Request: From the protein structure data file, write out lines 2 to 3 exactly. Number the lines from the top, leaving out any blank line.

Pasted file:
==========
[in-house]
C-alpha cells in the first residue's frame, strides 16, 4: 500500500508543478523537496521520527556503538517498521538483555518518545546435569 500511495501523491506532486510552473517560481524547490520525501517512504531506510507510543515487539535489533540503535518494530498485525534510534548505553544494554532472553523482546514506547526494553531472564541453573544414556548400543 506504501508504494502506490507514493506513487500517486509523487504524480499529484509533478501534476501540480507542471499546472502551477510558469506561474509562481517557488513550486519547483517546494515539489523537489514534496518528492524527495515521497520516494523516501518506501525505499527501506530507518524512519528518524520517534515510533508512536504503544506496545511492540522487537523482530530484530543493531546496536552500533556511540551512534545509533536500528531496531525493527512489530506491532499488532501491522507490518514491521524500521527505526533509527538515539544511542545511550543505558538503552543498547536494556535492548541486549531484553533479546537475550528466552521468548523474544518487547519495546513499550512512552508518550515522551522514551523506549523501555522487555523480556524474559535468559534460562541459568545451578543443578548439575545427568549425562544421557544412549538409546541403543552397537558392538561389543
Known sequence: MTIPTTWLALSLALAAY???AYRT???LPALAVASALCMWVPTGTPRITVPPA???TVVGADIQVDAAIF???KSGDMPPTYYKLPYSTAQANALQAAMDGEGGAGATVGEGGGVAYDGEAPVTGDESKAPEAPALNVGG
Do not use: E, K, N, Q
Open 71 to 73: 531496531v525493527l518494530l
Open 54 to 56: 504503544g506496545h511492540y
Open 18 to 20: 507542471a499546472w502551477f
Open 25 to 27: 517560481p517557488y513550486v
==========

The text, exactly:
C-alpha cells in the first residue's frame, strides 16, 4: 500500500508543478523537496521520527556503538517498521538483555518518545546435569 500511495501523491506532486510552473517560481524547490520525501517512504531506510507510543515487539535489533540503535518494530498485525534510534548505553544494554532472553523482546514506547526494553531472564541453573544414556548400543 506504501508504494502506490507514493506513487500517486509523487504524480499529484509533478501534476501540480507542471499546472502551477510558469506561474509562481517557488513550486519547483517546494515539489523537489514534496518528492524527495515521497520516494523516501518506501525505499527501506530507518524512519528518524520517534515510533508512536504503544506496545511492540522487537523482530530484530543493531546496536552500533556511540551512534545509533536500528531496531525493527512489530506491532499488532501491522507490518514491521524500521527505526533509527538515539544511542545511550543505558538503552543498547536494556535492548541486549531484553533479546537475550528466552521468548523474544518487547519495546513499550512512552508518550515522551522514551523506549523501555522487555523480556524474559535468559534460562541459568545451578543443578548439575545427568549425562544421557544412549538409546541403543552397537558392538561389543
Known sequence: MTIPTTWLALSLALAAY???AYRT???LPALAVASALCMWVPTGTPRITVPPA???TVVGADIQVDAAIF???KSGDMPPTYYKLPYSTAQANALQAAMDGEGGAGATVGEGGGVAYDGEAPVTGDESKAPEAPALNVGG